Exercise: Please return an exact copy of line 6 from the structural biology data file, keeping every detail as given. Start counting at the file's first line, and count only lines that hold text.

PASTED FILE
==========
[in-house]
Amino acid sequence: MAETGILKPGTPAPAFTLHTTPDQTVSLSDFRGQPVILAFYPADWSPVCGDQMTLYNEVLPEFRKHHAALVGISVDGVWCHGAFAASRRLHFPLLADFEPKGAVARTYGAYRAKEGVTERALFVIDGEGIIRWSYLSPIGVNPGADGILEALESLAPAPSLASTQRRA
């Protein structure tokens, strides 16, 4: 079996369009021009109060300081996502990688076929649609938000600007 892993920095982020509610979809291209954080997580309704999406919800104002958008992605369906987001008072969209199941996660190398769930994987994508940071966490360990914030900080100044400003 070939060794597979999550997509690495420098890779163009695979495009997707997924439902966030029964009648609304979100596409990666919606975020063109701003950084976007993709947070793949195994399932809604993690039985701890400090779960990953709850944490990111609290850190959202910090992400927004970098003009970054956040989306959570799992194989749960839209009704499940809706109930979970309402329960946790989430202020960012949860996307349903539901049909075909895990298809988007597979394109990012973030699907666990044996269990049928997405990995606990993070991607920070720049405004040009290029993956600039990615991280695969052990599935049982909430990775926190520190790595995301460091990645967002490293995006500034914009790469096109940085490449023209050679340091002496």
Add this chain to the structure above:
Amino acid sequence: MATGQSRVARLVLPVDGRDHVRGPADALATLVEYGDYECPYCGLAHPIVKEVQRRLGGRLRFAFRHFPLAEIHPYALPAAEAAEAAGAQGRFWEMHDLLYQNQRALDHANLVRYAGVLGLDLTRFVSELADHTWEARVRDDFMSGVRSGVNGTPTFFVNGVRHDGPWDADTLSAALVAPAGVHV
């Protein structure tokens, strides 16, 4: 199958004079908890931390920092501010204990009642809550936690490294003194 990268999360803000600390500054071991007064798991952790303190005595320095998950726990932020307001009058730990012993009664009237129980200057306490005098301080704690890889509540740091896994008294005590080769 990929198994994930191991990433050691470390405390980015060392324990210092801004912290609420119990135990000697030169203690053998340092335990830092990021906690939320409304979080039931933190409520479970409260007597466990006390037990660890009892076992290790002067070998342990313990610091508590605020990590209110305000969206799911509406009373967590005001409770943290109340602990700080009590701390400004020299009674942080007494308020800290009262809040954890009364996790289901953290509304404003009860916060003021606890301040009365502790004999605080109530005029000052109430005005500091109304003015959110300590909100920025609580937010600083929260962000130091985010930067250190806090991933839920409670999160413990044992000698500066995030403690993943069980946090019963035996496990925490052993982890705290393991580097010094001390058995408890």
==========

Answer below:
């Protein structure tokens, strides 16, 4: 199958004079908890931390920092501010204990009642809550936690490294003194 990268999360803000600390500054071991007064798991952790303190005595320095998950726990932020307001009058730990012993009664009237129980200057306490005098301080704690890889509540740091896994008294005590080769 990929198994994930191991990433050691470390405390980015060392324990210092801004912290609420119990135990000697030169203690053998340092335990830092990021906690939320409304979080039931933190409520479970409260007597466990006390037990660890009892076992290790002067070998342990313990610091508590605020990590209110305000969206799911509406009373967590005001409770943290109340602990700080009590701390400004020299009674942080007494308020800290009262809040954890009364996790289901953290509304404003009860916060003021606890301040009365502790004999605080109530005029000052109430005005500091109304003015959110300590909100920025609580937010600083929260962000130091985010930067250190806090991933839920409670999160413990044992000698500066995030403690993943069980946090019963035996496990925490052993982890705290393991580097010094001390058995408890």